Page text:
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HANSARD 9/11/98 ...
HANSARD 9/11/98

The government accepted arguments put forward in the house of lords when the Bill setting up an Scottish parliament returned to the upper house for the final time. But in putting forward an amendment which prevents anyone being a minister in both Westminster and Holyrood parliaments, the situation of members of the Scottish and Welsh executives will be different.

The government firmly resisted attempts when the Welsh devolution legislation was going through both houses to include in the Bill a specific prohibition on members of the Welsh executive being ministers.

Lord Mackay of Ardbrecknish welcomed the government amendment during last night's Third Reading. He said: 'This is a sensible proposition. We have argued it through the Welsh and Scottish Bills.

'We have received absolutely no agreement from the government on the Welsh Bill and in some ways they have got themselves into a real jam simply because they would not accept our amendment.

'If they had done so, their political problems in Wales would perhaps not be on the same scale as they are today'.

He added the lords had made progress with 'the Scottish ministers who are clearly more enlightened and more open to argument than are our Celtic cousins'.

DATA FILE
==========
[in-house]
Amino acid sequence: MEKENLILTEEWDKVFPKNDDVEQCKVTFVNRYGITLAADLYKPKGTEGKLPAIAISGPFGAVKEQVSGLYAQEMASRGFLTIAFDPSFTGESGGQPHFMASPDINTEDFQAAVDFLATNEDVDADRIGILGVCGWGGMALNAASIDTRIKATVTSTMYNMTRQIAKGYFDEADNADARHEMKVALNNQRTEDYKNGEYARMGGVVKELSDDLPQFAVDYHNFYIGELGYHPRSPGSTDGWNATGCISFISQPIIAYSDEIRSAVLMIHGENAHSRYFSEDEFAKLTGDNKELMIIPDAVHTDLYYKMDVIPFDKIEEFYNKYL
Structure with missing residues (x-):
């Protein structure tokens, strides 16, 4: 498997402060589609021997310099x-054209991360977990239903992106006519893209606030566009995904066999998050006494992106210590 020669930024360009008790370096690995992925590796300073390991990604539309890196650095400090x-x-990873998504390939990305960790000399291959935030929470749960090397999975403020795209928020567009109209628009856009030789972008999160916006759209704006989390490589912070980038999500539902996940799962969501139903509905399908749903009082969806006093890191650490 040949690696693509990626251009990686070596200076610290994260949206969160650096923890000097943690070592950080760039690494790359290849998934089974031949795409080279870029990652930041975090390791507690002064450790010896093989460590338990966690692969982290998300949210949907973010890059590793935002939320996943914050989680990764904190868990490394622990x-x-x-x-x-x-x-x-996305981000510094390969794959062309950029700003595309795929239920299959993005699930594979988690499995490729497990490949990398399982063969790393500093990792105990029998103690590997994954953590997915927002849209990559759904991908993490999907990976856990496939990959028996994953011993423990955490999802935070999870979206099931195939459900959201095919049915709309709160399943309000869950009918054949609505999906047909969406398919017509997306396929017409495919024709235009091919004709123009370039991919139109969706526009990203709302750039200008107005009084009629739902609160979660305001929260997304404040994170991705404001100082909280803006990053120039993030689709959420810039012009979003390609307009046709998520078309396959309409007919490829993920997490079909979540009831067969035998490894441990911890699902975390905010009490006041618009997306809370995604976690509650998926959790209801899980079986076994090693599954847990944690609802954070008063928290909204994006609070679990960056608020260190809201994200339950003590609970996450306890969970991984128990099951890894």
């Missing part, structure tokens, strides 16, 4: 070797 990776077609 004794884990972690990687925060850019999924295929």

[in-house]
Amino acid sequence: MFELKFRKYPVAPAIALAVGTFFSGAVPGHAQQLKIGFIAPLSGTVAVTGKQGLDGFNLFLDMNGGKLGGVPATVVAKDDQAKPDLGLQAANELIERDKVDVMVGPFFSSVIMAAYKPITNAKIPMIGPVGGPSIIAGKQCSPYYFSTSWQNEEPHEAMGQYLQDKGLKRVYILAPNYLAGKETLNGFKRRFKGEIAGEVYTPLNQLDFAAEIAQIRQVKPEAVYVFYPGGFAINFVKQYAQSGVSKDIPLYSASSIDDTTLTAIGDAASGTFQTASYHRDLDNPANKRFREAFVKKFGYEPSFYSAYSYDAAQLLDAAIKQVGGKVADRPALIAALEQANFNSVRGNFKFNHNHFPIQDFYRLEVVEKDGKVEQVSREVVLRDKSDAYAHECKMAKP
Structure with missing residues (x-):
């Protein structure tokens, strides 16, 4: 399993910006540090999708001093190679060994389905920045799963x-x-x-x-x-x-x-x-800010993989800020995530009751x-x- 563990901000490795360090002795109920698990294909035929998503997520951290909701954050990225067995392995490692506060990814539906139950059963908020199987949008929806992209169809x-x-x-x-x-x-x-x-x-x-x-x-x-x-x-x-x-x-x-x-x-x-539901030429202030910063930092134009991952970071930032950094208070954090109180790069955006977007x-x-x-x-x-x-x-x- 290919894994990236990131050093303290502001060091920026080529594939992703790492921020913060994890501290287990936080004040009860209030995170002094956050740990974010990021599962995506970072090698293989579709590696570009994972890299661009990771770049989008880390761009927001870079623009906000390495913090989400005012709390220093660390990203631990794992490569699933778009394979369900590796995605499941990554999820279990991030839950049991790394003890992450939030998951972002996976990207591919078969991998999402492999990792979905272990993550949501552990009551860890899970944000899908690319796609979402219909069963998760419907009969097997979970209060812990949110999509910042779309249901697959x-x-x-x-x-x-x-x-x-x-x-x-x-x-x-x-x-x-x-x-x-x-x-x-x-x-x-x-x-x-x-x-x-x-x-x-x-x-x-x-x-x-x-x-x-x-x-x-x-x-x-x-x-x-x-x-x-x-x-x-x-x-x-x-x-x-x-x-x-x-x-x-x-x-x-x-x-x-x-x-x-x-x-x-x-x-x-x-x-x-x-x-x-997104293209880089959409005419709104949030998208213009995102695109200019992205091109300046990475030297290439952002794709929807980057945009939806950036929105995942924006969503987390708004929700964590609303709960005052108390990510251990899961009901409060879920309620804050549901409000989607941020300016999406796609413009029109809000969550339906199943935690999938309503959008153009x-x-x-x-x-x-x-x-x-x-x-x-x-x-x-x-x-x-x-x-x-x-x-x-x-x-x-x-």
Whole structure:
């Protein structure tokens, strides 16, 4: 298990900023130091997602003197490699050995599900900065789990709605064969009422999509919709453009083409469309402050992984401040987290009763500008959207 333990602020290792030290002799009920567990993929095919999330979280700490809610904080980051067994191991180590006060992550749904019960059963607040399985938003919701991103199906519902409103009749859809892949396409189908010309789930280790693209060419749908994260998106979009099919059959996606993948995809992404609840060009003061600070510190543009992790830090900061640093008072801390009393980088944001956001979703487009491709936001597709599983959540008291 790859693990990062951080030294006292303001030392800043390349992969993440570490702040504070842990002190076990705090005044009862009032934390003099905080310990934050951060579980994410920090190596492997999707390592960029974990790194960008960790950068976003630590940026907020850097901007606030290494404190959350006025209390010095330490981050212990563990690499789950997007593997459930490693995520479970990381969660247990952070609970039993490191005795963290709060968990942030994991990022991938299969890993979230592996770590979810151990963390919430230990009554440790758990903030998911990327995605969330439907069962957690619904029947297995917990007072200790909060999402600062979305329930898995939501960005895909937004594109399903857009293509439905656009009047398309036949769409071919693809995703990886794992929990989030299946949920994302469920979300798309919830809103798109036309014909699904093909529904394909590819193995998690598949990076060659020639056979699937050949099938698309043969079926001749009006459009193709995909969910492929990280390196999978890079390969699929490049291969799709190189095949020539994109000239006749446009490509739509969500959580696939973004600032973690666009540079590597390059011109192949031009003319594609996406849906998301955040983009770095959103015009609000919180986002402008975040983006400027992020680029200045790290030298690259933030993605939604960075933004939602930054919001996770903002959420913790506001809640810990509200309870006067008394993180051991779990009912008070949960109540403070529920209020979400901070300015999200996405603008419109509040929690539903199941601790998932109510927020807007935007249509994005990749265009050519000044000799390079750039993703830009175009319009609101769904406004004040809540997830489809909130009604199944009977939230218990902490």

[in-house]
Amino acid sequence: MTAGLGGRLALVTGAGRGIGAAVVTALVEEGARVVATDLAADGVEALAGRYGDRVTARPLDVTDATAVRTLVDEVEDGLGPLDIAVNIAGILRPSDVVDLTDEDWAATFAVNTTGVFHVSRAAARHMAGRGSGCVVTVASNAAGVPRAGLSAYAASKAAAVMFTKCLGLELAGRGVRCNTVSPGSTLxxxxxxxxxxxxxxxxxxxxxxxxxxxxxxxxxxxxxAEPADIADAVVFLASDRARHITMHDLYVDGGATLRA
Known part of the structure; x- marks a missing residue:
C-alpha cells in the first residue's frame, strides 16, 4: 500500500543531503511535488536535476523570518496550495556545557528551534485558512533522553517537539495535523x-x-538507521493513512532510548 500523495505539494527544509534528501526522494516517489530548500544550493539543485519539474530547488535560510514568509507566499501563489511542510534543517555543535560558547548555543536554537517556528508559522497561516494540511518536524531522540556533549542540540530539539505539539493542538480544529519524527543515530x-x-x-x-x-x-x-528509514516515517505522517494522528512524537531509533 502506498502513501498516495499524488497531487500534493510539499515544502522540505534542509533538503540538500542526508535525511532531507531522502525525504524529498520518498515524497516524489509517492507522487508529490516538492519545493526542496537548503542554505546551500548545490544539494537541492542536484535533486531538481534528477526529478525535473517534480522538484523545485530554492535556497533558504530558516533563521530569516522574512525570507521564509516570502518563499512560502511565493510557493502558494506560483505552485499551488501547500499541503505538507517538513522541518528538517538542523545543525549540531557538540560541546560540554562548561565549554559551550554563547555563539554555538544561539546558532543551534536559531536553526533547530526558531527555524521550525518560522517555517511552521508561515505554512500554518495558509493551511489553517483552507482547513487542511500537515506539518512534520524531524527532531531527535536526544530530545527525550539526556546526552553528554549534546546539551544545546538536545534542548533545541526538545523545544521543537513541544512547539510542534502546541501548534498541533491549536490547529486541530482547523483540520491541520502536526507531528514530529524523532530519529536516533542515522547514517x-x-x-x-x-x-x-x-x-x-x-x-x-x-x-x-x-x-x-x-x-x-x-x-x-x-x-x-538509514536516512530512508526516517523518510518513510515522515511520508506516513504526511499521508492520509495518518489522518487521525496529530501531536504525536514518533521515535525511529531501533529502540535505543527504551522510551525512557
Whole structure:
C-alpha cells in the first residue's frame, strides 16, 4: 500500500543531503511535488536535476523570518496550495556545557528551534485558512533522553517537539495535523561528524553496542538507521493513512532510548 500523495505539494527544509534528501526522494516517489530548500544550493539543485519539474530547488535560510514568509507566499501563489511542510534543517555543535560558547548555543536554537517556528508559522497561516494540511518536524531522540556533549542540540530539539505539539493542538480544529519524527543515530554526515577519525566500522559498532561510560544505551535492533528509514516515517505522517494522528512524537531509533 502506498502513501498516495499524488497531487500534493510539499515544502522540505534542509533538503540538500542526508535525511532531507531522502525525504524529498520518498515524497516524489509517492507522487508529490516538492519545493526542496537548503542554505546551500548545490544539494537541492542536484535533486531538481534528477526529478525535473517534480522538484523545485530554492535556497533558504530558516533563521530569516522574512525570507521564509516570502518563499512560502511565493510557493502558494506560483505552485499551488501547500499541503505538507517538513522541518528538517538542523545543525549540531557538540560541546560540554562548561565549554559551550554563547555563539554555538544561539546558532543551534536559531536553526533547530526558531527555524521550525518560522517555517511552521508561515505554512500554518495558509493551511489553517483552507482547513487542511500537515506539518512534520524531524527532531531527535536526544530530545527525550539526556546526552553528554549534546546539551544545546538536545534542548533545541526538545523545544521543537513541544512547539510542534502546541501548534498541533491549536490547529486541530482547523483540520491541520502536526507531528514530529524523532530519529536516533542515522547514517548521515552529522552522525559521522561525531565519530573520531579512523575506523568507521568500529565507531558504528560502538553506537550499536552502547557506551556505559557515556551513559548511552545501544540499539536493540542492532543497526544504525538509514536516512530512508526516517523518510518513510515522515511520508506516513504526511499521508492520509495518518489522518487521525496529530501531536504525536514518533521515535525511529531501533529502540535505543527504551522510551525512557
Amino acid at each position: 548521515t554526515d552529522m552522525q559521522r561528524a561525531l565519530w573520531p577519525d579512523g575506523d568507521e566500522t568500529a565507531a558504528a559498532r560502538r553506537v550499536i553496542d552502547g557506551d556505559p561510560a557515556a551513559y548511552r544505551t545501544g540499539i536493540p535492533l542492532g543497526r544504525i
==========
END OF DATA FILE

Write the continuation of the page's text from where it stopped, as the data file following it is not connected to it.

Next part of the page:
Lord Sewel, for the government, replied: 'Scotland will have primary legislative responsibity. That is fundamentally different from the Welsh assembly which has only secondary legislative powers'.

The government has also accepted calls made from all sides of the lords at Report Stage for an independent tribunal to decide whether a judge was unfit for office before the first minister

sought a vote in the Scottish parliament to remove him or her from office. The peers agreed a government amendment scrapping the previous requirement for a two-thirds majority in favour of removal from the judiciary.

Lord Hardie said having considered the strength of feeling from all sides of the lords in favour of an independent tribunal, the government would introduce an amendment in the commons requiring the Scottish first minister to receive a report from the tribunal recommending removal before he or she may be satisfied that a judge is unfir for office. The two-thirds majority requirement might hinder the removal of a judge deemed unfit.

The government also accepted the lords' view that the Bill should stipulate that the speaker and deputy speaker of the Scottish parliament should not belong to the same party.

The Bill moves to the commons for its final stage.

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